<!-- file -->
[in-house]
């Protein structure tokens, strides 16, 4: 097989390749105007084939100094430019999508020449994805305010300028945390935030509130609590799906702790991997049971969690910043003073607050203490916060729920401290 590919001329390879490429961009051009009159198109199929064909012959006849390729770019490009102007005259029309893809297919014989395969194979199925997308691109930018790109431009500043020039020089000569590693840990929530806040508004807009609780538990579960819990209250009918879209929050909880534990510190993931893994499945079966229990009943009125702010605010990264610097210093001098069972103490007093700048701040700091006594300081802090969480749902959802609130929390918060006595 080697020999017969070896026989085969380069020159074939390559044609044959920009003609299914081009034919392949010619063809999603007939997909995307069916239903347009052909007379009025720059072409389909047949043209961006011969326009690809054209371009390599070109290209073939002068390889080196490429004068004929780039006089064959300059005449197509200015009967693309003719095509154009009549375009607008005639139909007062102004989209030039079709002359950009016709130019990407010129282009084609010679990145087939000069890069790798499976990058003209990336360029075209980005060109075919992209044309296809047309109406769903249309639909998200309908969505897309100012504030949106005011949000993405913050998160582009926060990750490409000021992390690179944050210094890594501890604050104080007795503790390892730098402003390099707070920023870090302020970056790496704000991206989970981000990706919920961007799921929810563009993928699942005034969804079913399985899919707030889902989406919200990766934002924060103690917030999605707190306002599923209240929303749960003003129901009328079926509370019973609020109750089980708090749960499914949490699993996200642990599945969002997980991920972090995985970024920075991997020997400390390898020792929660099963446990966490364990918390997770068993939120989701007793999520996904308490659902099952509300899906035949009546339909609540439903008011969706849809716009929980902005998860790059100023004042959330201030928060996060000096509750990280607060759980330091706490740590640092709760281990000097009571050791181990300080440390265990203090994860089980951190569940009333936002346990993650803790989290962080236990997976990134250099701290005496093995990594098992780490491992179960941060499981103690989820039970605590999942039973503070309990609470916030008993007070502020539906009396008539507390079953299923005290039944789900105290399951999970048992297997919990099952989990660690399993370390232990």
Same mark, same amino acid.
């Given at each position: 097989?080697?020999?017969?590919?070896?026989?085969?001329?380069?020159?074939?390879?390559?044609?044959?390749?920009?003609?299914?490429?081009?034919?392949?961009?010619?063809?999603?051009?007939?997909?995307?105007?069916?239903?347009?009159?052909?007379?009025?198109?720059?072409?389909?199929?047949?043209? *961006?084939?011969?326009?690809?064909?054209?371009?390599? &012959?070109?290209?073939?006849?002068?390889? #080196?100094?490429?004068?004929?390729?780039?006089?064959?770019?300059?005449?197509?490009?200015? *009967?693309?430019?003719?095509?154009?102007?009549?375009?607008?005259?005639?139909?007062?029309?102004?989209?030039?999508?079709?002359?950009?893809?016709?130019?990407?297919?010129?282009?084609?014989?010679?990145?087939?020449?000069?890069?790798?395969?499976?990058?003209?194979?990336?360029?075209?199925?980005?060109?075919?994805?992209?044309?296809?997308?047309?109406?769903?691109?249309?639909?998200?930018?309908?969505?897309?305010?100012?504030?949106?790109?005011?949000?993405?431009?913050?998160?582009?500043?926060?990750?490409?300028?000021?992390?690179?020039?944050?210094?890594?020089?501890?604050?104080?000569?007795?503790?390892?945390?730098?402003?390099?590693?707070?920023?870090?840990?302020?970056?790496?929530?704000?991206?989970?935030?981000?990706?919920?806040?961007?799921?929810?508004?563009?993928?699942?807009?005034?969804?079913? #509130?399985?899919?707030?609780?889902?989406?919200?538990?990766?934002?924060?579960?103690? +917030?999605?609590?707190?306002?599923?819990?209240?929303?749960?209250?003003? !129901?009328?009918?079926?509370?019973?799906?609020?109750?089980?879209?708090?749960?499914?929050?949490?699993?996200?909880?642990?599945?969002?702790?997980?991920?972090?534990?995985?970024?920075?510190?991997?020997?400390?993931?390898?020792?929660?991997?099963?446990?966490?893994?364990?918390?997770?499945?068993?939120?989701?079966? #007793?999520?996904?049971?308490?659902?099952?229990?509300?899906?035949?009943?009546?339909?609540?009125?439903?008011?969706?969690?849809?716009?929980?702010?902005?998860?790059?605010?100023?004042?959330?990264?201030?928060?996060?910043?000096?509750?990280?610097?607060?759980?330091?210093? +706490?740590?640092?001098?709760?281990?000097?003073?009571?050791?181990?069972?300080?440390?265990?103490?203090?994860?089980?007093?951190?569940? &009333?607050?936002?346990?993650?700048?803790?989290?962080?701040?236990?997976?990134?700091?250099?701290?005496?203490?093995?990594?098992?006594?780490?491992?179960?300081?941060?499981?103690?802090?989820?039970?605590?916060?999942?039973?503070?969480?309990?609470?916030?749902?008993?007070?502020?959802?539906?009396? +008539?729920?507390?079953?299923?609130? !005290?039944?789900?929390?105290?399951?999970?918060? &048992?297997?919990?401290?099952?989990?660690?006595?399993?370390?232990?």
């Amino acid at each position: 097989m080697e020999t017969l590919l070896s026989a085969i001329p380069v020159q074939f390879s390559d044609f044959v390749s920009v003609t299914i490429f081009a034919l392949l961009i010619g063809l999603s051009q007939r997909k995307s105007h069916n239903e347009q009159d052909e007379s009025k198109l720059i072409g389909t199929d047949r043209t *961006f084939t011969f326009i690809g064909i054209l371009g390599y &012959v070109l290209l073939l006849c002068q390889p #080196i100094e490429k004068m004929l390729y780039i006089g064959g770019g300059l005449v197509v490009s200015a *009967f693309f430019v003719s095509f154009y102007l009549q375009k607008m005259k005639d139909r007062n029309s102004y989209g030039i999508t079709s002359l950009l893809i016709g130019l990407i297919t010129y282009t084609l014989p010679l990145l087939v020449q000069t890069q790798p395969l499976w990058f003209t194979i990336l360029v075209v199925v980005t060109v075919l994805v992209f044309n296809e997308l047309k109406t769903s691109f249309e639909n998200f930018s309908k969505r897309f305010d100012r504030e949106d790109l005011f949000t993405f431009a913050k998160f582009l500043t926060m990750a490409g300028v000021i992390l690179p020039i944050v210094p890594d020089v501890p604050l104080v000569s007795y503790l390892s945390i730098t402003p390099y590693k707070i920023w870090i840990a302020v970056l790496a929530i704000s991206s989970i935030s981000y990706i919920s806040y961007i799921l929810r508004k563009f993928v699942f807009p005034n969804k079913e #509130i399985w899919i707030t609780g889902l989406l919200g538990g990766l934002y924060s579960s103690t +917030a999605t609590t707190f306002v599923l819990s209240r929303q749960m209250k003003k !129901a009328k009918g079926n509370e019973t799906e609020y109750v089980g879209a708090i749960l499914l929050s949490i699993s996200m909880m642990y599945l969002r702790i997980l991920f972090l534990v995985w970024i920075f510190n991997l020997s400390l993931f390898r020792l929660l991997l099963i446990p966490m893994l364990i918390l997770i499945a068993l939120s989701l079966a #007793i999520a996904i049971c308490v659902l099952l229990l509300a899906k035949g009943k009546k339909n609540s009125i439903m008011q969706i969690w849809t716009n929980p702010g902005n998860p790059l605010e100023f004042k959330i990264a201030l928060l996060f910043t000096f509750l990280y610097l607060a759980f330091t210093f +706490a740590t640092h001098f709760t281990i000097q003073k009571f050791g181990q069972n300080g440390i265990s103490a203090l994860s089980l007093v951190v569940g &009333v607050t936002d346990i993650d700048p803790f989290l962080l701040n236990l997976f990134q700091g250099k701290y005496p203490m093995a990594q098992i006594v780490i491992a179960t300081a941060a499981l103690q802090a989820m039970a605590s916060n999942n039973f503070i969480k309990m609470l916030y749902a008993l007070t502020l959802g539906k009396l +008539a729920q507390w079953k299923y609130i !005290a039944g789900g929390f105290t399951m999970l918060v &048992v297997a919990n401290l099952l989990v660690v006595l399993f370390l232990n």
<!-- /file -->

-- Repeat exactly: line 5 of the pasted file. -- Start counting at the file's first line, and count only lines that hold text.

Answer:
């Amino acid at each position: 097989m080697e020999t017969l590919l070896s026989a085969i001329p380069v020159q074939f390879s390559d044609f044959v390749s920009v003609t299914i490429f081009a034919l392949l961009i010619g063809l999603s051009q007939r997909k995307s105007h069916n239903e347009q009159d052909e007379s009025k198109l720059i072409g389909t199929d047949r043209t *961006f084939t011969f326009i690809g064909i054209l371009g390599y &012959v070109l290209l073939l006849c002068q390889p #080196i100094e490429k004068m004929l390729y780039i006089g064959g770019g300059l005449v197509v490009s200015a *009967f693309f430019v003719s095509f154009y102007l009549q375009k607008m005259k005639d139909r007062n029309s102004y989209g030039i999508t079709s002359l950009l893809i016709g130019l990407i297919t010129y282009t084609l014989p010679l990145l087939v020449q000069t890069q790798p395969l499976w990058f003209t194979i990336l360029v075209v199925v980005t060109v075919l994805v992209f044309n296809e997308l047309k109406t769903s691109f249309e639909n998200f930018s309908k969505r897309f305010d100012r504030e949106d790109l005011f949000t993405f431009a913050k998160f582009l500043t926060m990750a490409g300028v000021i992390l690179p020039i944050v210094p890594d020089v501890p604050l104080v000569s007795y503790l390892s945390i730098t402003p390099y590693k707070i920023w870090i840990a302020v970056l790496a929530i704000s991206s989970i935030s981000y990706i919920s806040y961007i799921l929810r508004k563009f993928v699942f807009p005034n969804k079913e #509130i399985w899919i707030t609780g889902l989406l919200g538990g990766l934002y924060s579960s103690t +917030a999605t609590t707190f306002v599923l819990s209240r929303q749960m209250k003003k !129901a009328k009918g079926n509370e019973t799906e609020y109750v089980g879209a708090i749960l499914l929050s949490i699993s996200m909880m642990y599945l969002r702790i997980l991920f972090l534990v995985w970024i920075f510190n991997l020997s400390l993931f390898r020792l929660l991997l099963i446990p966490m893994l364990i918390l997770i499945a068993l939120s989701l079966a #007793i999520a996904i049971c308490v659902l099952l229990l509300a899906k035949g009943k009546k339909n609540s009125i439903m008011q969706i969690w849809t716009n929980p702010g902005n998860p790059l605010e100023f004042k959330i990264a201030l928060l996060f910043t000096f509750l990280y610097l607060a759980f330091t210093f +706490a740590t640092h001098f709760t281990i000097q003073k009571f050791g181990q069972n300080g440390i265990s103490a203090l994860s089980l007093v951190v569940g &009333v607050t936002d346990i993650d700048p803790f989290l962080l701040n236990l997976f990134q700091g250099k701290y005496p203490m093995a990594q098992i006594v780490i491992a179960t300081a941060a499981l103690q802090a989820m039970a605590s916060n999942n039973f503070i969480k309990m609470l916030y749902a008993l007070t502020l959802g539906k009396l +008539a729920q507390w079953k299923y609130i !005290a039944g789900g929390f105290t399951m999970l918060v &048992v297997a919990n401290l099952l989990v660690v006595l399993f370390l232990n």